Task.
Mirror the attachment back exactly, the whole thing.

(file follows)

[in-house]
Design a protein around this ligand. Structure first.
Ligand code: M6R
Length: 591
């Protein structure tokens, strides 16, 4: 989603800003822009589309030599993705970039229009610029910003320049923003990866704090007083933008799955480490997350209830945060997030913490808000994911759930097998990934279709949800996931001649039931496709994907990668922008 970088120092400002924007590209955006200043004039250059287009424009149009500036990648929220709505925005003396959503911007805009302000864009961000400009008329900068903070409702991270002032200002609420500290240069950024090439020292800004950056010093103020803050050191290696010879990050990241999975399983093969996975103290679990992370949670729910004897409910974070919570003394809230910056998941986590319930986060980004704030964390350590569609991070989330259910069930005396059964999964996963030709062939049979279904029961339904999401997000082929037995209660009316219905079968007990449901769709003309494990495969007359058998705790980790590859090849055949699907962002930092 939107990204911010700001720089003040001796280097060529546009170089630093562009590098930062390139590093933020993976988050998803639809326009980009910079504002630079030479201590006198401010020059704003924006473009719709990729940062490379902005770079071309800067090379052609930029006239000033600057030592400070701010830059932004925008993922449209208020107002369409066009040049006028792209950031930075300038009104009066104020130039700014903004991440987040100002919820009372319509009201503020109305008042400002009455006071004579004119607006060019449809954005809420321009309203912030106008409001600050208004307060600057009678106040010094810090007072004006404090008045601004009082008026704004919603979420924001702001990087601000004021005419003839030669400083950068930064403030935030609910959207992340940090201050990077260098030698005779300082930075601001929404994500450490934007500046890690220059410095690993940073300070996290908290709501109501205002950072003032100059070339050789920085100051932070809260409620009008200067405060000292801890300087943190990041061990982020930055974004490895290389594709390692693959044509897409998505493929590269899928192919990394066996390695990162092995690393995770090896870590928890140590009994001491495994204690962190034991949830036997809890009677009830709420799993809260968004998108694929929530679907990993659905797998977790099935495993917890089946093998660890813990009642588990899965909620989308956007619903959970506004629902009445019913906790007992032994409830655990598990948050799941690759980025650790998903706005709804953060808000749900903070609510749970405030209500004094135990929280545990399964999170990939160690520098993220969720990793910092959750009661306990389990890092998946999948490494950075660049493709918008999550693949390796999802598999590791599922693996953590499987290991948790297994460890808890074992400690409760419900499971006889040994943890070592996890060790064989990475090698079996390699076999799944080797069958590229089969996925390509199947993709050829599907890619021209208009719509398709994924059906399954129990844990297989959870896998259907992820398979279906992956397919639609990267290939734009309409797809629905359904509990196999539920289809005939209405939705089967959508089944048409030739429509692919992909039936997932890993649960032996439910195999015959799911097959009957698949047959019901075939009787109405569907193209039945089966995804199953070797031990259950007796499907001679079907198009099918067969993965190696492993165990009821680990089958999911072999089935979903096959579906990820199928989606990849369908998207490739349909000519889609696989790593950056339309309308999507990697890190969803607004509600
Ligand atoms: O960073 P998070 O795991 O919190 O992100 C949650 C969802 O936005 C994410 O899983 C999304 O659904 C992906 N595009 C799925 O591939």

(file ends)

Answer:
[in-house]
Design a protein around this ligand. Structure first.
Ligand code: M6R
Length: 591
């Protein structure tokens, strides 16, 4: 989603800003822009589309030599993705970039229009610029910003320049923003990866704090007083933008799955480490997350209830945060997030913490808000994911759930097998990934279709949800996931001649039931496709994907990668922008 970088120092400002924007590209955006200043004039250059287009424009149009500036990648929220709505925005003396959503911007805009302000864009961000400009008329900068903070409702991270002032200002609420500290240069950024090439020292800004950056010093103020803050050191290696010879990050990241999975399983093969996975103290679990992370949670729910004897409910974070919570003394809230910056998941986590319930986060980004704030964390350590569609991070989330259910069930005396059964999964996963030709062939049979279904029961339904999401997000082929037995209660009316219905079968007990449901769709003309494990495969007359058998705790980790590859090849055949699907962002930092 939107990204911010700001720089003040001796280097060529546009170089630093562009590098930062390139590093933020993976988050998803639809326009980009910079504002630079030479201590006198401010020059704003924006473009719709990729940062490379902005770079071309800067090379052609930029006239000033600057030592400070701010830059932004925008993922449209208020107002369409066009040049006028792209950031930075300038009104009066104020130039700014903004991440987040100002919820009372319509009201503020109305008042400002009455006071004579004119607006060019449809954005809420321009309203912030106008409001600050208004307060600057009678106040010094810090007072004006404090008045601004009082008026704004919603979420924001702001990087601000004021005419003839030669400083950068930064403030935030609910959207992340940090201050990077260098030698005779300082930075601001929404994500450490934007500046890690220059410095690993940073300070996290908290709501109501205002950072003032100059070339050789920085100051932070809260409620009008200067405060000292801890300087943190990041061990982020930055974004490895290389594709390692693959044509897409998505493929590269899928192919990394066996390695990162092995690393995770090896870590928890140590009994001491495994204690962190034991949830036997809890009677009830709420799993809260968004998108694929929530679907990993659905797998977790099935495993917890089946093998660890813990009642588990899965909620989308956007619903959970506004629902009445019913906790007992032994409830655990598990948050799941690759980025650790998903706005709804953060808000749900903070609510749970405030209500004094135990929280545990399964999170990939160690520098993220969720990793910092959750009661306990389990890092998946999948490494950075660049493709918008999550693949390796999802598999590791599922693996953590499987290991948790297994460890808890074992400690409760419900499971006889040994943890070592996890060790064989990475090698079996390699076999799944080797069958590229089969996925390509199947993709050829599907890619021209208009719509398709994924059906399954129990844990297989959870896998259907992820398979279906992956397919639609990267290939734009309409797809629905359904509990196999539920289809005939209405939705089967959508089944048409030739429509692919992909039936997932890993649960032996439910195999015959799911097959009957698949047959019901075939009787109405569907193209039945089966995804199953070797031990259950007796499907001679079907198009099918067969993965190696492993165990009821680990089958999911072999089935979903096959579906990820199928989606990849369908998207490739349909000519889609696989790593950056339309309308999507990697890190969803607004509600
Ligand atoms: O960073 P998070 O795991 O919190 O992100 C949650 C969802 O936005 C994410 O899983 C999304 O659904 C992906 N595009 C799925 O591939």